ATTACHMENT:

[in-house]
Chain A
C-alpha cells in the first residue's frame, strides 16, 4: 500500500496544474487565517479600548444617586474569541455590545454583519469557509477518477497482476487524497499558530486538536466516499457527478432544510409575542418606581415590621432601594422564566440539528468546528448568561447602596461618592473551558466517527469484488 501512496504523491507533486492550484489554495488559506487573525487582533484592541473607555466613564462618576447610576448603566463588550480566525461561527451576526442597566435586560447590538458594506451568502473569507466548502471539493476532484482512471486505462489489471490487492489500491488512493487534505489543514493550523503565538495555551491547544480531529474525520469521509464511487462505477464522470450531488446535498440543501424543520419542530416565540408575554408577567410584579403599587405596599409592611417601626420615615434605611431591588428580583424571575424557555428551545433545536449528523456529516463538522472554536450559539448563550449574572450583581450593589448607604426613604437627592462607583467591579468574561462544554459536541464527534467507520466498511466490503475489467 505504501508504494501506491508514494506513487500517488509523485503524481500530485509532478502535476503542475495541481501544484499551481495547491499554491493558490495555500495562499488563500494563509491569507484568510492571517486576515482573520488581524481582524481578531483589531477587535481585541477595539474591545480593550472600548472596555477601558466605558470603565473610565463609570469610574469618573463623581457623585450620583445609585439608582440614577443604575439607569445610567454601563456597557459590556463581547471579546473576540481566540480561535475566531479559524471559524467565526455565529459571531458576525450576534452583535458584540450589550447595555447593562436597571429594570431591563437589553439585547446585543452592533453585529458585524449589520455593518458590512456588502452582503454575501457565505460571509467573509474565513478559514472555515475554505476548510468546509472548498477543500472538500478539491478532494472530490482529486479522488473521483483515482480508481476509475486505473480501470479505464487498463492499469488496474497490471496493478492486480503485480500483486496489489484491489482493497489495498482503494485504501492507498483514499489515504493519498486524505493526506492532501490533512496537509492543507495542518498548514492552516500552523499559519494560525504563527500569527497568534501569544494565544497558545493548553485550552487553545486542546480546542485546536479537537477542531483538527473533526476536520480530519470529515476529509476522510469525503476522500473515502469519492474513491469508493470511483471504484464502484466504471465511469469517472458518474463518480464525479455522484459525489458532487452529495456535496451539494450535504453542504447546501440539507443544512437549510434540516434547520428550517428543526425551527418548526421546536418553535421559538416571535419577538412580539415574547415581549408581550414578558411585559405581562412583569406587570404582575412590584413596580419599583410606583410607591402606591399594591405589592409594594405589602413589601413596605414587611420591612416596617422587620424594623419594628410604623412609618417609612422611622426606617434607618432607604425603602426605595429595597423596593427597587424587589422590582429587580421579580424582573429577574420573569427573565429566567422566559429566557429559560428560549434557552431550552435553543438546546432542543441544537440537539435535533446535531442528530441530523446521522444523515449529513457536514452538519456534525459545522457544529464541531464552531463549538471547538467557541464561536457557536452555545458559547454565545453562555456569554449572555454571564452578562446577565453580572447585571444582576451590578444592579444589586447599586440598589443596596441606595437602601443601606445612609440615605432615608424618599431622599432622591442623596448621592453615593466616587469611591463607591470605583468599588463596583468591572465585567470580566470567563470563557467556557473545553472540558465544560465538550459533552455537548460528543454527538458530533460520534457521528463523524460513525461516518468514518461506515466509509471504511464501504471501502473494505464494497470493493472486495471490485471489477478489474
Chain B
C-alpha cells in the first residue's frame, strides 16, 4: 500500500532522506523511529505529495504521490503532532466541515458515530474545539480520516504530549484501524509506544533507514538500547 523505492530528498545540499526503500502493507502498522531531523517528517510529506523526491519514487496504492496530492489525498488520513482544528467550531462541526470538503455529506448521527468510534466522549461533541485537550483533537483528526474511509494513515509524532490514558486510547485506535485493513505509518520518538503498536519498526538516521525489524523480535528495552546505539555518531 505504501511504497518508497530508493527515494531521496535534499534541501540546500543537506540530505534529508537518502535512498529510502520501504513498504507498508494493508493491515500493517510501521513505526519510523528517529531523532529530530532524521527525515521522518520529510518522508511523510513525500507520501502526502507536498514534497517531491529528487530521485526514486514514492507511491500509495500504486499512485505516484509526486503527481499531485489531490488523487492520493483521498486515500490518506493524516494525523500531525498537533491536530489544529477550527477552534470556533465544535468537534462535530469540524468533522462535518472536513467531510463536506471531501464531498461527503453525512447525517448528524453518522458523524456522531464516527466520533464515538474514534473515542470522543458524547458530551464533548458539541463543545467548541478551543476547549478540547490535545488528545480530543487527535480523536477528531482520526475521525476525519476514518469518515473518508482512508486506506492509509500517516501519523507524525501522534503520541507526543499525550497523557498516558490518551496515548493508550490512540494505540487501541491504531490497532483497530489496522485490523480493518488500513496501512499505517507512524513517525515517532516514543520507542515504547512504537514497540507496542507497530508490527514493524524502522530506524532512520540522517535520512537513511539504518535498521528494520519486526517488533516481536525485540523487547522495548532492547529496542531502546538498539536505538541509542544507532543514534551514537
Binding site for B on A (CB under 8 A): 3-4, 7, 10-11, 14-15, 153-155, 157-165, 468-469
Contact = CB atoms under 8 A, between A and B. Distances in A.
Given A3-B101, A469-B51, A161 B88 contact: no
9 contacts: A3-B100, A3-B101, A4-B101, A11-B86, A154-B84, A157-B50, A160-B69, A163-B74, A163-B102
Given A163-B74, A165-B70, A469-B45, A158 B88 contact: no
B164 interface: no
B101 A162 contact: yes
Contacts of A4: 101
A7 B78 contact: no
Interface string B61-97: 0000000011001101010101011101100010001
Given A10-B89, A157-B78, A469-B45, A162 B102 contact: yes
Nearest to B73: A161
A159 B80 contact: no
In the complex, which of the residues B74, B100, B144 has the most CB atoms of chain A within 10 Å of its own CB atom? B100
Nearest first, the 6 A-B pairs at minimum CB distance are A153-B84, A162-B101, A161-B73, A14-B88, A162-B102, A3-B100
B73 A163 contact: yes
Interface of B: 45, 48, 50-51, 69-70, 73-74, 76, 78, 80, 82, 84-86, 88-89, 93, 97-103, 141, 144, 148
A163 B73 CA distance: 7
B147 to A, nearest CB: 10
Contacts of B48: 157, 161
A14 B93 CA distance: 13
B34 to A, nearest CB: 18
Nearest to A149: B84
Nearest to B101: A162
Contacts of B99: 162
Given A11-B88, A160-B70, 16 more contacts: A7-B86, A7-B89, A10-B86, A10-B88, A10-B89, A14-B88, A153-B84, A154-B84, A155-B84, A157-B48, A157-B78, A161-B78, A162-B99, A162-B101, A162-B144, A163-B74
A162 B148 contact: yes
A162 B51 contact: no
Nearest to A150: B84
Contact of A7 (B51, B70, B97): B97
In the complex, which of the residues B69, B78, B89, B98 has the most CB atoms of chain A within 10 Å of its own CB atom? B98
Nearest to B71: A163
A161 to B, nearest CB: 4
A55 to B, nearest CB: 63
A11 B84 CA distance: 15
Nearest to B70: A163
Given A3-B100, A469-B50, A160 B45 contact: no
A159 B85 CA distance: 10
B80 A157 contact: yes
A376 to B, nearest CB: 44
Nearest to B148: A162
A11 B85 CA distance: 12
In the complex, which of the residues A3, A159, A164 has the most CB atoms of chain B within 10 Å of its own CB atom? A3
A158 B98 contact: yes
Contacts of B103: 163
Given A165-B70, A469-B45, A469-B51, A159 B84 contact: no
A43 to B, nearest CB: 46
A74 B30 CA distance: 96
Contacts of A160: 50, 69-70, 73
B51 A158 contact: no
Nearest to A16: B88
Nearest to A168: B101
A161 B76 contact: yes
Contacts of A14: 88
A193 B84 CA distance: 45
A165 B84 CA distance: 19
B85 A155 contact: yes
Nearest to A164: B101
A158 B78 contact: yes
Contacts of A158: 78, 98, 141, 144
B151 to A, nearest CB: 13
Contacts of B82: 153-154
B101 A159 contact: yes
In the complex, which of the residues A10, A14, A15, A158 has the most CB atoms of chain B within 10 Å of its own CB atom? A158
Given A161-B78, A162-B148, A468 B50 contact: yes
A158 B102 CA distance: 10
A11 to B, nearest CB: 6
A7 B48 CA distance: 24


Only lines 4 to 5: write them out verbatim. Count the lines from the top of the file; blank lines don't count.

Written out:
Chain B
C-alpha cells in the first residue's frame, strides 16, 4: 500500500532522506523511529505529495504521490503532532466541515458515530474545539480520516504530549484501524509506544533507514538500547 523505492530528498545540499526503500502493507502498522531531523517528517510529506523526491519514487496504492496530492489525498488520513482544528467550531462541526470538503455529506448521527468510534466522549461533541485537550483533537483528526474511509494513515509524532490514558486510547485506535485493513505509518520518538503498536519498526538516521525489524523480535528495552546505539555518531 505504501511504497518508497530508493527515494531521496535534499534541501540546500543537506540530505534529508537518502535512498529510502520501504513498504507498508494493508493491515500493517510501521513505526519510523528517529531523532529530530532524521527525515521522518520529510518522508511523510513525500507520501502526502507536498514534497517531491529528487530521485526514486514514492507511491500509495500504486499512485505516484509526486503527481499531485489531490488523487492520493483521498486515500490518506493524516494525523500531525498537533491536530489544529477550527477552534470556533465544535468537534462535530469540524468533522462535518472536513467531510463536506471531501464531498461527503453525512447525517448528524453518522458523524456522531464516527466520533464515538474514534473515542470522543458524547458530551464533548458539541463543545467548541478551543476547549478540547490535545488528545480530543487527535480523536477528531482520526475521525476525519476514518469518515473518508482512508486506506492509509500517516501519523507524525501522534503520541507526543499525550497523557498516558490518551496515548493508550490512540494505540487501541491504531490497532483497530489496522485490523480493518488500513496501512499505517507512524513517525515517532516514543520507542515504547512504537514497540507496542507497530508490527514493524524502522530506524532512520540522517535520512537513511539504518535498521528494520519486526517488533516481536525485540523487547522495548532492547529496542531502546538498539536505538541509542544507532543514534551514537